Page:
Although the scoring system changed, the term “try” persisted, and it continues to be used in modern rugby to describe the act of scoring a five-point try. So, the name “try” in rugby is a historical remnant of its early scoring traditions and a testament to the sport’s rich history and evolution over time.
How many points is 1 try in rugby?
In rugby, scoring 1 try is worth 5 points. When a player successfully grounds the ball in the opposition’s in-goal area (the area behind the opponent’s try line) with control, it is considered a try. The team that scores the try is awarded 5 points on the scoreboard.
After scoring a try, the attacking team also has the opportunity to attempt a conversion kick. If the conversion kick is successful and the ball goes through the opponent’s goalposts, the team earns an additional 2 points, bringing the total points for the try to 7 (5 points for the try + 2 points for the conversion).
So, a try alone is worth 5 points in rugby, and with a successful conversion kick, it becomes 7 points.
What is a try and conversion in rugby?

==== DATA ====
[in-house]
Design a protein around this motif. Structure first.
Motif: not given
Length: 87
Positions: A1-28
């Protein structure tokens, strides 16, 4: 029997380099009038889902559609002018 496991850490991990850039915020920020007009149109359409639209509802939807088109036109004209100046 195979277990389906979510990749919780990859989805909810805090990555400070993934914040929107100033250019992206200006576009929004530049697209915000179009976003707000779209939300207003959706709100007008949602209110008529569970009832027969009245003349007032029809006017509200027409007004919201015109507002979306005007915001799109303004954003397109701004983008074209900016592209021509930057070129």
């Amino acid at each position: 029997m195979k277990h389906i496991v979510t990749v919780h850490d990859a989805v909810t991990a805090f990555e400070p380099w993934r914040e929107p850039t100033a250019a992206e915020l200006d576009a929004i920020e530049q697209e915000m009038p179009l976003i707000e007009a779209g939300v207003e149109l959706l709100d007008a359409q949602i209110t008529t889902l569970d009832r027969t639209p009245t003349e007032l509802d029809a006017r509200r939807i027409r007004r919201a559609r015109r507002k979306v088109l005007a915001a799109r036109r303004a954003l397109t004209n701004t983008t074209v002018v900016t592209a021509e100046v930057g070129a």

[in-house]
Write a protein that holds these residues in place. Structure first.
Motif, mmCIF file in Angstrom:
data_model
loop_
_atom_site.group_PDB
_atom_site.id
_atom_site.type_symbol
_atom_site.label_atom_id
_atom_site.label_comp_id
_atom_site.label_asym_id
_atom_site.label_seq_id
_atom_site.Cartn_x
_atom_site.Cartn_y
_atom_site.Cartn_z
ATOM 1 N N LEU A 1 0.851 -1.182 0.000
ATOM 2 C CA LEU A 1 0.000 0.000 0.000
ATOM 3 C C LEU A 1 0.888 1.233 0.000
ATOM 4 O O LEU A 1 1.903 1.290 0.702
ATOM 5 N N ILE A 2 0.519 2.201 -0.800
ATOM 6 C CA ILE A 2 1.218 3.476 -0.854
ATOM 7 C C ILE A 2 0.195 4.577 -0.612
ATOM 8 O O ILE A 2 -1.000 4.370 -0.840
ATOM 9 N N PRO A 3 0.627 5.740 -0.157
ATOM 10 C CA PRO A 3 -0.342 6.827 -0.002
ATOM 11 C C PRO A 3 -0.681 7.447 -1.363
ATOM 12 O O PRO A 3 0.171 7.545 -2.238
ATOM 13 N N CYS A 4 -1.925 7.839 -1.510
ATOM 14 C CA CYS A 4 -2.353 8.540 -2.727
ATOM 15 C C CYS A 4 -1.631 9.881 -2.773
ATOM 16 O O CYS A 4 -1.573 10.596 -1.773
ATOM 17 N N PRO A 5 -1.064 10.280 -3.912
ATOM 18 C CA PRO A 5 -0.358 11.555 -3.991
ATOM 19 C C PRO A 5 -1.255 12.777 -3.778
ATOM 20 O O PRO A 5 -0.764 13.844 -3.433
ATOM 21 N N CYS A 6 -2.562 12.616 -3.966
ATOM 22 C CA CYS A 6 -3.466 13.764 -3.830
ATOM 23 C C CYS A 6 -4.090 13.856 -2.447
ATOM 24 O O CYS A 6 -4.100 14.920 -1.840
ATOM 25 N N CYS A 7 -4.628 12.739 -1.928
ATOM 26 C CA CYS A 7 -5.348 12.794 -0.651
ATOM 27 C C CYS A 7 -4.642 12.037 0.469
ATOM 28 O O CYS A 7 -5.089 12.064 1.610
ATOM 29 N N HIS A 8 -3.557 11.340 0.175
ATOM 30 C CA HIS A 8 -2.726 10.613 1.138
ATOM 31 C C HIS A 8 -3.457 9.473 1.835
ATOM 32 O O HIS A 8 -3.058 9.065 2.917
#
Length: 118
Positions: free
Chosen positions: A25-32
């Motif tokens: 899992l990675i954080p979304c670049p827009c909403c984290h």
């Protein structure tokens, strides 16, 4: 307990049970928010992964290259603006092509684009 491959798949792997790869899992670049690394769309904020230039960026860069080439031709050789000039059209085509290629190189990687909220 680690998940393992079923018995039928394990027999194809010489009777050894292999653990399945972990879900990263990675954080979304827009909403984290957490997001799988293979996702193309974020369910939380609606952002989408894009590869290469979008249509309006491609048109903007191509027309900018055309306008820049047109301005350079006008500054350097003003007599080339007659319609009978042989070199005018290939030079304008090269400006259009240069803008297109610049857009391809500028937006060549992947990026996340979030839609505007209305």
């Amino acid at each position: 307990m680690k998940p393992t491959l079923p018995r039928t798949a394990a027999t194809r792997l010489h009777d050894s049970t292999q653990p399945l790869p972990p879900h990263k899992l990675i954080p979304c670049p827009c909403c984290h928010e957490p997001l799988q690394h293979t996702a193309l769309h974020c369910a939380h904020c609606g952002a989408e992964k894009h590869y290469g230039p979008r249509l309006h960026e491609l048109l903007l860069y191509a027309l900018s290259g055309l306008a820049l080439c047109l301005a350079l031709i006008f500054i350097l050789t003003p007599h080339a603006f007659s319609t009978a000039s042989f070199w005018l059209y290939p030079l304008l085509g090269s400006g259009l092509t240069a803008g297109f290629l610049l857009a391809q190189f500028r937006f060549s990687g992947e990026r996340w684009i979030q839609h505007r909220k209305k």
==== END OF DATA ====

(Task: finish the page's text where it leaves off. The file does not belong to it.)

In rugby, a “try” and a “conversion” are two related aspects of scoring points during a match.
A try is one of the methods of scoring in rugby. It occurs when a player from the attacking team successfully grounds the ball with downward pressure in the opposition’s in-goal area (the area behind the opponent’s try line). To score a try, the player must have control of the ball while touching it to the ground within the in-goal area. A try is worth 5 points on the scoreboard.
After a try has been scored, the attacking team is awarded an opportunity to attempt a conversion kick. The conversion kick is taken from a spot perpendicular to where the try was scored. The purpose of the conversion kick is to add extra points to the try. If the conversion kick is successful and the ball goes through the opponent’s goalposts, the team earns 2 additional points. However, if the kick is missed or goes wide of the posts, no extra points are awarded.
Here’s the scoring breakdown:
Try: 5 points
Conversion (successful kick): 2 points
So, when a try is scored and the conversion is successful, the attacking team earns a total of 7 points (5 points for the try + 2 points for the conversion) for that particular scoring play. If the conversion is missed, the try is still worth 5 points alone.
How is a try different from a touchdown in American football?
While both a try in rugby and a touchdown in American football involve scoring by crossing the opponent’s goal line, there are significant differences. In rugby, a try is worth five points, and the ball must be physically grounded with downward pressure in the in-goal area. In American football, a touchdown is worth six points, and the player only needs to cross the goal line with possession of the ball to score.